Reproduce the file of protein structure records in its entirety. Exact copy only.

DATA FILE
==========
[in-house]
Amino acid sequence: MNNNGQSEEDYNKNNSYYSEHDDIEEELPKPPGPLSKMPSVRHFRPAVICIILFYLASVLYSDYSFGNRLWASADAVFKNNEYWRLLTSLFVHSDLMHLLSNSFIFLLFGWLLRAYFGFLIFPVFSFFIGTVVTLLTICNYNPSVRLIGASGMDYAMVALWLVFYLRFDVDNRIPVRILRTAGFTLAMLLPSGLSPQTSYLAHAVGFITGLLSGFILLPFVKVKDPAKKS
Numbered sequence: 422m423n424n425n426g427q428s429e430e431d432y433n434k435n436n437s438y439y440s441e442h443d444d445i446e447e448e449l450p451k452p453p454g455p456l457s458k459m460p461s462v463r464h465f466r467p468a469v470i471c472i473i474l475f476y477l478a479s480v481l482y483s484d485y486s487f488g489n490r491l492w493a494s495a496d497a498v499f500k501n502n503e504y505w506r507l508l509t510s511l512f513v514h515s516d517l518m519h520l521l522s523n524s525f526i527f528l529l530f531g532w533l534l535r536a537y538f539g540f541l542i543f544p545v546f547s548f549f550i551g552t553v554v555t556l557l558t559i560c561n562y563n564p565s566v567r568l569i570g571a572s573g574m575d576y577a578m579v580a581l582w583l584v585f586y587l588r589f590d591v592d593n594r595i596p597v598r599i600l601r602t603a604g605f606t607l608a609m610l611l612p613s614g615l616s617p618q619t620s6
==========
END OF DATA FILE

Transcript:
[in-house]
Amino acid sequence: MNNNGQSEEDYNKNNSYYSEHDDIEEELPKPPGPLSKMPSVRHFRPAVICIILFYLASVLYSDYSFGNRLWASADAVFKNNEYWRLLTSLFVHSDLMHLLSNSFIFLLFGWLLRAYFGFLIFPVFSFFIGTVVTLLTICNYNPSVRLIGASGMDYAMVALWLVFYLRFDVDNRIPVRILRTAGFTLAMLLPSGLSPQTSYLAHAVGFITGLLSGFILLPFVKVKDPAKKS
Numbered sequence: 422m423n424n425n426g427q428s429e430e431d432y433n434k435n436n437s438y439y440s441e442h443d444d445i446e447e448e449l450p451k452p453p454g455p456l457s458k459m460p461s462v463r464h465f466r467p468a469v470i471c472i473i474l475f476y477l478a479s480v481l482y483s484d485y486s487f488g489n490r491l492w493a494s495a496d497a498v499f500k501n502n503e504y505w506r507l508l509t510s511l512f513v514h515s516d517l518m519h520l521l522s523n524s525f526i527f528l529l530f531g532w533l534l535r536a537y538f539g540f541l542i543f544p545v546f547s548f549f550i551g552t553v554v555t556l557l558t559i560c561n562y563n564p565s566v567r568l569i570g571a572s573g574m575d576y577a578m579v580a581l582w583l584v585f586y587l588r589f590d591v592d593n594r595i596p597v598r599i600l601r602t603a604g605f606t607l608a609m610l611l612p613s614g615l616s617p618q619t620s6